SOUTH BEND, Ind. - Sophomore Natalie Shields led the No. 28 BYU women’s cross-country team to a fourth place finish at the Notre Dame Invitational on Friday.

The Cougars outperformed four top 30 opponents including No. 4 Duke, No. 19 Notre Dame, No. 20 Butler and No. 30 Princeton. No. 1 Florida State won the meet, followed by No. 15 New Mexico and West Coast Conference rival No. 24 San Francisco in third. There were 198 women from 24 schools in the scored 5K race.

“We exceeded expectations today in every way,” BYU head coach Patrick Shane said. “(Natalie) Shields had the best race she has ever had as a BYU athlete and to finish fourth here was a testament to the girls’ willingness to believe that they can run with anyone.”

Shields came in 15th place overall and was the first runner from BYU over the finish line with a time of 17:27.92. Coming in 31st place with a time of 17:44.33 was Nicole Nielsen for BYU. Teammate Andrea Nelson Harrison ran a time of 17:48.18 and was close behind Nielsen at 37th place. Cougar Sarah Yingling earned 43rd place with a time of 17:52.80 and Makenna Smith brought in the top five with a time of 18:05.37 and 61st place.

“This was a big day for our team and we raced together. Our focus has been on finding each other in the race to race together and we did that,” Shields said. “This meet made us all really excited and we have made huge improvements since last year.”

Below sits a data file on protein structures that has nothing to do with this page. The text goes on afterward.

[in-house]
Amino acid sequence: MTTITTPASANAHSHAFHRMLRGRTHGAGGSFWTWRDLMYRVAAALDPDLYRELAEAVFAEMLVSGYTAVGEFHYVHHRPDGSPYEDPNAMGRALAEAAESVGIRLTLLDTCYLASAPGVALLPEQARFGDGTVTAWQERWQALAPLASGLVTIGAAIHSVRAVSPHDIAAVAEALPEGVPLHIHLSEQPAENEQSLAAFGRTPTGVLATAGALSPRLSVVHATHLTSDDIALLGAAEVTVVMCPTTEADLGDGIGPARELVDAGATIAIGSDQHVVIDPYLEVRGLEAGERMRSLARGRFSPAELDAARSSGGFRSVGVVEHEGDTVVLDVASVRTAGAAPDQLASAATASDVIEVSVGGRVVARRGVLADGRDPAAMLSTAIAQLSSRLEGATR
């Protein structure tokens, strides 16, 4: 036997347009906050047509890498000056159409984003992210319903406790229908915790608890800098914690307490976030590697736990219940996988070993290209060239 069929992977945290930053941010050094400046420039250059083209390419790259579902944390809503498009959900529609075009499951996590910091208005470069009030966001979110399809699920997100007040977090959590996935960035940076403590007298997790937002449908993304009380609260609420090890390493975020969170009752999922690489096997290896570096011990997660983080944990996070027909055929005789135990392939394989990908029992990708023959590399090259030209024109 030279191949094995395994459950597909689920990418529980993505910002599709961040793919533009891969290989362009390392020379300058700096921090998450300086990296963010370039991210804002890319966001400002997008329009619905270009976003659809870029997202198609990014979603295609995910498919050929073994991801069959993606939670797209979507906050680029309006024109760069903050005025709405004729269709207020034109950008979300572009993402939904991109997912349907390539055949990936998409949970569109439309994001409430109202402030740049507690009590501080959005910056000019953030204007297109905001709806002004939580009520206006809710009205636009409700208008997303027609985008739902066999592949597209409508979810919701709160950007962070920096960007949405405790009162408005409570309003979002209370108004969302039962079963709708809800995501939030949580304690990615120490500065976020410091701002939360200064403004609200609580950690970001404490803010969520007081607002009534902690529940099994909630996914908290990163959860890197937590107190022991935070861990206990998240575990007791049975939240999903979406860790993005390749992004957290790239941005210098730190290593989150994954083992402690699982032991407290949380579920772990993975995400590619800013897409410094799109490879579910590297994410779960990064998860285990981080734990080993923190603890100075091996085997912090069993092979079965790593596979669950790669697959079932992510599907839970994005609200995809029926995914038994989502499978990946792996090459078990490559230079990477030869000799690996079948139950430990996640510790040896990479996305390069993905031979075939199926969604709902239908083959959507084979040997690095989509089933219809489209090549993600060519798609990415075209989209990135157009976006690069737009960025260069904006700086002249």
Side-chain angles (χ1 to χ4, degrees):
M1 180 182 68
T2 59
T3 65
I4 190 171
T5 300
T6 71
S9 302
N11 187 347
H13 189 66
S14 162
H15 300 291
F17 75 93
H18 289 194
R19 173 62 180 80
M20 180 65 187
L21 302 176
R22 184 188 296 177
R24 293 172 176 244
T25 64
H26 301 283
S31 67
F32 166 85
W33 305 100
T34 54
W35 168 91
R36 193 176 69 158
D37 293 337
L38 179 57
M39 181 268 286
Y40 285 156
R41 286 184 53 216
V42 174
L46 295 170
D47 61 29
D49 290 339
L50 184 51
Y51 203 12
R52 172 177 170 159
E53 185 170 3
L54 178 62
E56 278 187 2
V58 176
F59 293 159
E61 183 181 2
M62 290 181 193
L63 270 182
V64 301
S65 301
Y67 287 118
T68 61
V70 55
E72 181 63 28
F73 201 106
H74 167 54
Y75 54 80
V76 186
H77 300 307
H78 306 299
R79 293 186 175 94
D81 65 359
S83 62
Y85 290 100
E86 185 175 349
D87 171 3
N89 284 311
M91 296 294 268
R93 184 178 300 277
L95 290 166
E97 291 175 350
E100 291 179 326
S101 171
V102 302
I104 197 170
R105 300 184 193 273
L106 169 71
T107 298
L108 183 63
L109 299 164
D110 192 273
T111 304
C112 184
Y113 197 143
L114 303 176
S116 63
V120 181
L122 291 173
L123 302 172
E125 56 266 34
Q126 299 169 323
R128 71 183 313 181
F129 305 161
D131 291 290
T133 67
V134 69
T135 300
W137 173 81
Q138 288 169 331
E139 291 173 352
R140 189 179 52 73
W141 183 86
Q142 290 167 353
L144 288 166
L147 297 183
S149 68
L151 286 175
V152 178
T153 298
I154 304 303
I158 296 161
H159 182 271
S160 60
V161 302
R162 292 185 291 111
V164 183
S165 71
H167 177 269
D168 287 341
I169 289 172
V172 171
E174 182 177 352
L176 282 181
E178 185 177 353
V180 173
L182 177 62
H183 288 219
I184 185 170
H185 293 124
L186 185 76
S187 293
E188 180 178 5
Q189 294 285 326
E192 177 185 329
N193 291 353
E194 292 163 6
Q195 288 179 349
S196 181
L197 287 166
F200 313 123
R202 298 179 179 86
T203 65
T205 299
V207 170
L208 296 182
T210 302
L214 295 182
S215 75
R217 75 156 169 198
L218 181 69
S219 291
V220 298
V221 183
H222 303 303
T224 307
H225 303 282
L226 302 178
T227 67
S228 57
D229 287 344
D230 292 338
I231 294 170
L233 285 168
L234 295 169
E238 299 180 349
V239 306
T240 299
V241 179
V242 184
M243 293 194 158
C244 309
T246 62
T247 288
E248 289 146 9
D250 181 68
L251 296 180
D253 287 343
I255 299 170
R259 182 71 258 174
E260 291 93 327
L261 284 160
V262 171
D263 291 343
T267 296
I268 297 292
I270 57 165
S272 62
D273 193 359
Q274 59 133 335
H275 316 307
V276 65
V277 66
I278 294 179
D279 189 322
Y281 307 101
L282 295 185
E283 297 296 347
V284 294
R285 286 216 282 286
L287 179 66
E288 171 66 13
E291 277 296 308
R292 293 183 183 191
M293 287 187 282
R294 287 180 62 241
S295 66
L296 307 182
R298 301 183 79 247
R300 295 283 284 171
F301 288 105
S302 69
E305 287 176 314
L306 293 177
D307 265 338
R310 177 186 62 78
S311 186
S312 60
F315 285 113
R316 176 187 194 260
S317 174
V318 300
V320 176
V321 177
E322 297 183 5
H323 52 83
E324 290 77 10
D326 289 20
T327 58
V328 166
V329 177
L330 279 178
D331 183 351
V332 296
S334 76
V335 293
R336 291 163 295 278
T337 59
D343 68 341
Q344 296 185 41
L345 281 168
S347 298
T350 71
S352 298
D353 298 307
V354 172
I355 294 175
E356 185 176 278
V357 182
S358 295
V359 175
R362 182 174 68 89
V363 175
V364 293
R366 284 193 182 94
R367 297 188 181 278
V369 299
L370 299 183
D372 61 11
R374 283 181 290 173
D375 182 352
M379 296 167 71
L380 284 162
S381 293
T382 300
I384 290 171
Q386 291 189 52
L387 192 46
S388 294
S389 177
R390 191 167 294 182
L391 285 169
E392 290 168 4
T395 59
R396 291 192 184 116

BYU lost key runner Lindsey Sowards Nielson in the first 300 meters of the race due to congestion on the course in a tight curve, causing at least a dozen girls to fall, some landing on top of Nielson. Nielson lost precious seconds and her place in the race before even running a quarter of a mile. The shock of the pile up and the time lost made it impossible for Nielson to recover. Cougar runners Smith and Rachel Stewart saw the opportunity to step up early on and recover Nielson’s position for BYU.

“I can’t say enough about Smith and her doing what she needed to do,” Shane said. “Smith and Stewart picked up the slack when a teammate went down. They did that and it really helped us. This race was a group effort.”

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The squad was only one place behind conference rival San Francisco, but BYU had earned 187 points, while San Francisco had only scored 96.

“San Francisco is a really good team and we were close behind them today,” Shields said. “But we will be able to improve more over the next month and see them again at the conference meet.”

Notre Dame also hosted an open race Friday in which BYU runners Carrie Jube and Maddy Roach competed and had breakthrough performances. Jube finished second overall and Roach finished seventh.

BYU’s next meet will be Oct. 19 at Wisconsin, where more than 50 schools are anticipated to compete.